Fabrizio Sciacca is Gettin’ it There


GETTIN’ IT THERE / S. JONES: One for Amos. DOMENICI: Lullaby in Central Park. S. CLARK: Zellmar’s Delight.* SCIACCA: For Sir Ron. MASCHWITZ-SHERWIN: A Nightingale Sang in Berkeley Square. J. LEVY: Lonely Goddess.* HOPE: One Second Please* / Donald Vega, pno; Fabrizio Sciacca, bs; Billy Drummond, dm; *Jed Levy, t-sax / Self-produced CD, no number

Italian-born bassist Fabrizio Sciacca, who has been playing in New York since 2015, presents us with this debut CD due for release September 1. The album art contains words of praise from bass legend Ron Carter, who was “delightfully surprised…very crisp snare drum sound, and nice ride cymbal feel…great piano chord voicings and swing solos…very interesting sax solos…and a wonderful bassist.”

Carter’s words pretty much sum up this disc. Those looking for something cutting-edge or in the “Zeitgeist” (a word I’ve always detested, though to some people it means a lot) will have to look elsewhere. This is just a really fine set of pieces played, perhaps, in lounge-jazz style, but really top-drawer lounge jazz.

It’s not really surprising that Carter was impressed by the drumming. Billy Drummond, now 60 years old, has been around a long time and worked with many of the greats, including Horace Silver, Sonny Rollins, Sheila Jordan (one of the very few drummers to play with her) and the Toshiko Akiyoshi-Lew Tabackin big band. As for Sciaccia, his playing is beautifully articulated and swinging if not always at the highest end of imagination. That is left to pianist Donald Vega, a very young (25-year-old) American pianist who was born in Venezuela when it was still a really nice country and not a Socialist hellhole. Vega’s playing is of the subtle lounge kind, but he has a nice sense of construction and uses a lot of chords in his solos which give them a nice, rich feeling. I particularly liked his solo on Lullaby in Central Park.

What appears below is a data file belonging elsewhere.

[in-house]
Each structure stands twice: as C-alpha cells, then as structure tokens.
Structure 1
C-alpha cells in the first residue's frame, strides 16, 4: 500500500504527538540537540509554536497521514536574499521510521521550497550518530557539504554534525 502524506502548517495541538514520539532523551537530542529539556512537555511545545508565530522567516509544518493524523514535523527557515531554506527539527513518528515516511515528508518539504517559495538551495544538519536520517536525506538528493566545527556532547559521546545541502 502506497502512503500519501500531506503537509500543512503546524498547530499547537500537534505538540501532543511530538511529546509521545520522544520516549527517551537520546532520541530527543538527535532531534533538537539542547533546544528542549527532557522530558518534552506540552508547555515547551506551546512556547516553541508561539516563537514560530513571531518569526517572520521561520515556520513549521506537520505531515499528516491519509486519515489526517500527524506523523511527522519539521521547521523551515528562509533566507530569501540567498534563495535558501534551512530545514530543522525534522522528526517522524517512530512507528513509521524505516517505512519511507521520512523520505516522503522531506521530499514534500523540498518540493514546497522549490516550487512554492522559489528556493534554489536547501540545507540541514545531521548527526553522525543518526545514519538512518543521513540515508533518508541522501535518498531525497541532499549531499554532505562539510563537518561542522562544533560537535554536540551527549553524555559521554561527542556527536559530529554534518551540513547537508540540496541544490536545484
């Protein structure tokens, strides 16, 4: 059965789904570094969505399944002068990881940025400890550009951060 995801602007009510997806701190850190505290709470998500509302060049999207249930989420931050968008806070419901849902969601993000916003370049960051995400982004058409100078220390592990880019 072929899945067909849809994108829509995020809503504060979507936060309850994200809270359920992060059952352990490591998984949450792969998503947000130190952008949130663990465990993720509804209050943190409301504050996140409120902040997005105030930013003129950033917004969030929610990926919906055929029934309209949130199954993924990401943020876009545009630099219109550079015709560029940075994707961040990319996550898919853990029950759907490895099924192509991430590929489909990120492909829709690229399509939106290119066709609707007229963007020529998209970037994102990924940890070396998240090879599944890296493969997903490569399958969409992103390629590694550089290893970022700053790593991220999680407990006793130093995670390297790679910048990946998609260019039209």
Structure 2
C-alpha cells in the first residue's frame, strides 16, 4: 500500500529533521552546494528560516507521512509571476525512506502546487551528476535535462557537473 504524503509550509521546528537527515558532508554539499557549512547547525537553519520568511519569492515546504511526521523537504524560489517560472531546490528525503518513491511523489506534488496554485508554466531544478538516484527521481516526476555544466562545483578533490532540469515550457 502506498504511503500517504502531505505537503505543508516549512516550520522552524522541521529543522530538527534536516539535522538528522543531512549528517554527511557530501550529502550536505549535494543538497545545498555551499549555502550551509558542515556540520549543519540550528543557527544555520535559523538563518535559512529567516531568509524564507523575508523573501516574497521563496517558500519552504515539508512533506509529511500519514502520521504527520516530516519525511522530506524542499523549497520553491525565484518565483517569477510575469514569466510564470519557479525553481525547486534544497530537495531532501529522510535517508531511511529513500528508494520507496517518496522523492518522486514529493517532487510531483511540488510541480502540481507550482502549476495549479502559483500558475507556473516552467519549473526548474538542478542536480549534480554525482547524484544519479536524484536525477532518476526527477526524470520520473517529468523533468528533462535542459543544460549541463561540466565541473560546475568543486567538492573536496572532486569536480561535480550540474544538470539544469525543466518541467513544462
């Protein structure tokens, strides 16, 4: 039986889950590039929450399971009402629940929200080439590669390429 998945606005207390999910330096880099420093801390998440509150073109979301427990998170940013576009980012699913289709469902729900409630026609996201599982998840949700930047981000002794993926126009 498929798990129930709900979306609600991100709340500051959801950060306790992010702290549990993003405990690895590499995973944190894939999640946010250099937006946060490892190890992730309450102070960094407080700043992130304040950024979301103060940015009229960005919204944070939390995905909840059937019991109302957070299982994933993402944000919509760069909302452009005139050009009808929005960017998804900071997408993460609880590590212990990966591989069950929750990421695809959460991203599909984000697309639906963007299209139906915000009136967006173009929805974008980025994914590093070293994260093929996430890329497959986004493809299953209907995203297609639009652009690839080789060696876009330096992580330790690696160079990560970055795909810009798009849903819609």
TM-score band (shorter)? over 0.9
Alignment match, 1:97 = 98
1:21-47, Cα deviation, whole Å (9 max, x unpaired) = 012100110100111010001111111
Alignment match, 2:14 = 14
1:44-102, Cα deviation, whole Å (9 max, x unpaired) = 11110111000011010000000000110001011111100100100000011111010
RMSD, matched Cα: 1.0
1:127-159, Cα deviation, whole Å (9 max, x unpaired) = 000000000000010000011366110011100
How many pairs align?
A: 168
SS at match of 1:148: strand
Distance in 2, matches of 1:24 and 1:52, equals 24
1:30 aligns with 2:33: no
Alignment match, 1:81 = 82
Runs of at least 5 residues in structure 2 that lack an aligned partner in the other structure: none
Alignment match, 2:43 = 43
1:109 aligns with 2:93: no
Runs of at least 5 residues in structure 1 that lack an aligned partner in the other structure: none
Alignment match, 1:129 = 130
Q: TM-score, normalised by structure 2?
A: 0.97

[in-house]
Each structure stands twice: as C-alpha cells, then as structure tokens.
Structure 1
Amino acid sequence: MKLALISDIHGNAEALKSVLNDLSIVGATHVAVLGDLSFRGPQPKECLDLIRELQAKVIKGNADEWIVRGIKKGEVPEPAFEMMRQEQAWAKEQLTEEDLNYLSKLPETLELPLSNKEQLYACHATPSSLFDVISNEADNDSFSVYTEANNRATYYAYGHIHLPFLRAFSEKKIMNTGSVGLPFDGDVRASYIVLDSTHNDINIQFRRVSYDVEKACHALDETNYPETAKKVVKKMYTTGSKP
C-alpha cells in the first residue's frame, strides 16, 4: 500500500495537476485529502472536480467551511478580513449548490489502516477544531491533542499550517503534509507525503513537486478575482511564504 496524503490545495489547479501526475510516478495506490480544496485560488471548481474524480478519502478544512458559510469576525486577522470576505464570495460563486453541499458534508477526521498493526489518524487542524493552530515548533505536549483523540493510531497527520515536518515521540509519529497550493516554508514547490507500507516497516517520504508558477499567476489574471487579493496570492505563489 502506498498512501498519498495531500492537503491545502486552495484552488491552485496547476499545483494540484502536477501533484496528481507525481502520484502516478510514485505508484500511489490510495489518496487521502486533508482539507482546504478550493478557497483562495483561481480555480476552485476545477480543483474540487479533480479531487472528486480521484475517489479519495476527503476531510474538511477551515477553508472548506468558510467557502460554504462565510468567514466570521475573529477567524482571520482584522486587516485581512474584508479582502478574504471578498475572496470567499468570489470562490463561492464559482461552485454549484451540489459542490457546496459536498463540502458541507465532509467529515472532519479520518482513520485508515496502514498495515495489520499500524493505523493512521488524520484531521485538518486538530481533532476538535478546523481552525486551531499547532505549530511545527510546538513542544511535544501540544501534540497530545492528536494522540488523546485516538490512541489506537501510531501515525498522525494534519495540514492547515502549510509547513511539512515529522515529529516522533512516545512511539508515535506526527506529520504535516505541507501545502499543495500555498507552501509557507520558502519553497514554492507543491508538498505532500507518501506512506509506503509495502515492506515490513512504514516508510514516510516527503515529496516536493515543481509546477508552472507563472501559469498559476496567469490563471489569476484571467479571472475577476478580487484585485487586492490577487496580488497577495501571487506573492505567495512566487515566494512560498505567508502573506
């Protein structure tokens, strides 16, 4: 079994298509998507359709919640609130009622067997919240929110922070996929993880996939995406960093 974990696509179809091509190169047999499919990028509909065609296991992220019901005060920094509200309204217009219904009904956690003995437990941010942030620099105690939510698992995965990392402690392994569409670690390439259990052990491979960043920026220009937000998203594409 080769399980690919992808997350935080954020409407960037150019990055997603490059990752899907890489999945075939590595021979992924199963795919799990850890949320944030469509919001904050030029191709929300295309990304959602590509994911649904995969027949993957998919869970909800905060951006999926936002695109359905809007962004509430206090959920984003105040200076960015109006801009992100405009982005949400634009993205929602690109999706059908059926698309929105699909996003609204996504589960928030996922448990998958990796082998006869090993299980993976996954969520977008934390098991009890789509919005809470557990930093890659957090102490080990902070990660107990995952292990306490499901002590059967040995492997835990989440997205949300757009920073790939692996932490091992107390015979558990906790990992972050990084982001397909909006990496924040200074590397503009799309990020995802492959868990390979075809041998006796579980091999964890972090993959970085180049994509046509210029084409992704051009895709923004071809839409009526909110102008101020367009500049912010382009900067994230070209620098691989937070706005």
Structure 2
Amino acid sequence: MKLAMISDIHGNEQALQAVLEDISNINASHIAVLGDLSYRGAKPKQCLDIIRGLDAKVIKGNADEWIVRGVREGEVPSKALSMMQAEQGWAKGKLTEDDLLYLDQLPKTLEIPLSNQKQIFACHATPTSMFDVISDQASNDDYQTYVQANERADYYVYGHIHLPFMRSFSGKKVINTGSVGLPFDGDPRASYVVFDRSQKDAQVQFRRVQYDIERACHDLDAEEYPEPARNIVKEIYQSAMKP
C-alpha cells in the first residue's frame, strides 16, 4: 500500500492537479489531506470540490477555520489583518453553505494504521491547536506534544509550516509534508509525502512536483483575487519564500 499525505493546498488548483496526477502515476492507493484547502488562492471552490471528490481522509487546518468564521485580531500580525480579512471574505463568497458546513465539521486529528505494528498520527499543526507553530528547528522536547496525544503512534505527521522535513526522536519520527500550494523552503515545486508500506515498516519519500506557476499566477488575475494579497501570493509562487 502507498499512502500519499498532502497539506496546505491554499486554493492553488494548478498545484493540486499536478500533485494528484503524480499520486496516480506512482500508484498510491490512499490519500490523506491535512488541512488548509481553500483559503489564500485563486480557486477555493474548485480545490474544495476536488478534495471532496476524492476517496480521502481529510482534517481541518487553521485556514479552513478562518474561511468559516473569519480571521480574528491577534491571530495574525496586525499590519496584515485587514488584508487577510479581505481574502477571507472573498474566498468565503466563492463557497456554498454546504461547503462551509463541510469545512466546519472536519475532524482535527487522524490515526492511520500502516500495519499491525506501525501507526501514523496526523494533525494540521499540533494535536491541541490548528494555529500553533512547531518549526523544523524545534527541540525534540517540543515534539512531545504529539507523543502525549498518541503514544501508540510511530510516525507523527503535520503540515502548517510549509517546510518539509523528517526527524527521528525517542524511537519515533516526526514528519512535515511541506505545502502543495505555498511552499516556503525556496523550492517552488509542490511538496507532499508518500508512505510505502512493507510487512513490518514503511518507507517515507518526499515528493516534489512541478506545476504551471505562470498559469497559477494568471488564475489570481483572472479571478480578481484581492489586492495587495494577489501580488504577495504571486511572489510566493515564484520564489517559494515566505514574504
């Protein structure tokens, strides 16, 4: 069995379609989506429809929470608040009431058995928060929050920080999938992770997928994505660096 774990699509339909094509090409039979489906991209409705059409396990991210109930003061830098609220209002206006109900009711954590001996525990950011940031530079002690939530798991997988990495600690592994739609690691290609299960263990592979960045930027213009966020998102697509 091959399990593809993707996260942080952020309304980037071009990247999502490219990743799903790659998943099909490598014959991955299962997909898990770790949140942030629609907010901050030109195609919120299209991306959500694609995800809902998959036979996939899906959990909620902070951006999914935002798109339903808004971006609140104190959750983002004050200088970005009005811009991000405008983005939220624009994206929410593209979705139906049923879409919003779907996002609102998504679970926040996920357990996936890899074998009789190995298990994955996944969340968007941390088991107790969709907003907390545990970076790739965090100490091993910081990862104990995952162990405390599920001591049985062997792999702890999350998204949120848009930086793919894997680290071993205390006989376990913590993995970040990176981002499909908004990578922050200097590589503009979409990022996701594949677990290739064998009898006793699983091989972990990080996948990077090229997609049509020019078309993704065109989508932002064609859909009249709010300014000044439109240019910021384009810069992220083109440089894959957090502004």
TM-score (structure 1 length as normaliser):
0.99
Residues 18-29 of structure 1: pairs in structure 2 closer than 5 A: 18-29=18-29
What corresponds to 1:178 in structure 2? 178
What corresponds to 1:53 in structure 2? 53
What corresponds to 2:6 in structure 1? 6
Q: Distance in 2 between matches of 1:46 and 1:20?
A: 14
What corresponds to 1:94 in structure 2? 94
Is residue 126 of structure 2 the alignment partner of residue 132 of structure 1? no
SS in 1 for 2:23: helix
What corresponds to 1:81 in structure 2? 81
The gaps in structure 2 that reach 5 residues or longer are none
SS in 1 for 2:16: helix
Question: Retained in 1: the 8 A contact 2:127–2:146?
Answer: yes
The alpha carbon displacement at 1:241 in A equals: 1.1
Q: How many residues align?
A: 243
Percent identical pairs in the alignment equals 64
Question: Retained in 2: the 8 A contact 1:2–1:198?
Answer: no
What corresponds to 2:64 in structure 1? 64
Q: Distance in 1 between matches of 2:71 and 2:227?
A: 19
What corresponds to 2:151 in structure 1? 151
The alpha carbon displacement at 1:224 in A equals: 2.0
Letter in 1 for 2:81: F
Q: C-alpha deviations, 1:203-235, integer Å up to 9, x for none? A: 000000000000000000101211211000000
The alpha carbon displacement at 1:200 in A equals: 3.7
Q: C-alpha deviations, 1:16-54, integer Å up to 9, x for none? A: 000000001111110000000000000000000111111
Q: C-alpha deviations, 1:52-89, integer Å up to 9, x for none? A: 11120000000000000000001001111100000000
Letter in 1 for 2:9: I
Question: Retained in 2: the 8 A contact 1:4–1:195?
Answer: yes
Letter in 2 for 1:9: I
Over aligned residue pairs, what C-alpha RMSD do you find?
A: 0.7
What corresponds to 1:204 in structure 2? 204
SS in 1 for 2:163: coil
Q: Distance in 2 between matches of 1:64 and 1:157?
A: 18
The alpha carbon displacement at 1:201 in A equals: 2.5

We first hear tenor saxist Jed Levy on the third piece, Zellmar’s Delight by Sonny Clark. A nice, straightahead bop-swing piece, it showcases Vega in a really fine solo. As for the leader, I must say that, judging by this disc at least, his playing is indeed tasteful and swinging but not particularly standout in any way. I certainly wouldn’t walk out if I heard him in person, but I wouldn’t rave about him either. Perhaps he is more of a motivator than an inspiration. His solo on this piece is so delicately plucked that I wonder if he realizes he wouldn’t break the strings if he played with more gusto and energy.

For Sir Ron is Sciacca’s tribute to his mentor Ron Carter, thus he opens the track with a bass solo, again tasteful and, if you listen closely, interesting without giving a strong impression. Vega’s solo spins out the melodic line and works through it with marvelous taste and invention. The well-known ballad A Nightingale Sang in Berkeley Square is nice but nothing to write home about.

Levy returns on Lonely Goddess, an original written by the saxist. It’s a pleasant tune with a quasi-Latin beat, and both the composer-saxist and pianist provide excellent solos. The closer is the bracing, uptempo One Second Please by Elmo Hope, again with Levy on tenor, and here the entire band plays well, with Sciacca’s moving bass lines quite good if again under-volume.

A very nice disc of straightahead music, then, which will please fans of this type of jazz.

—© 2019 Lynn René Bayley

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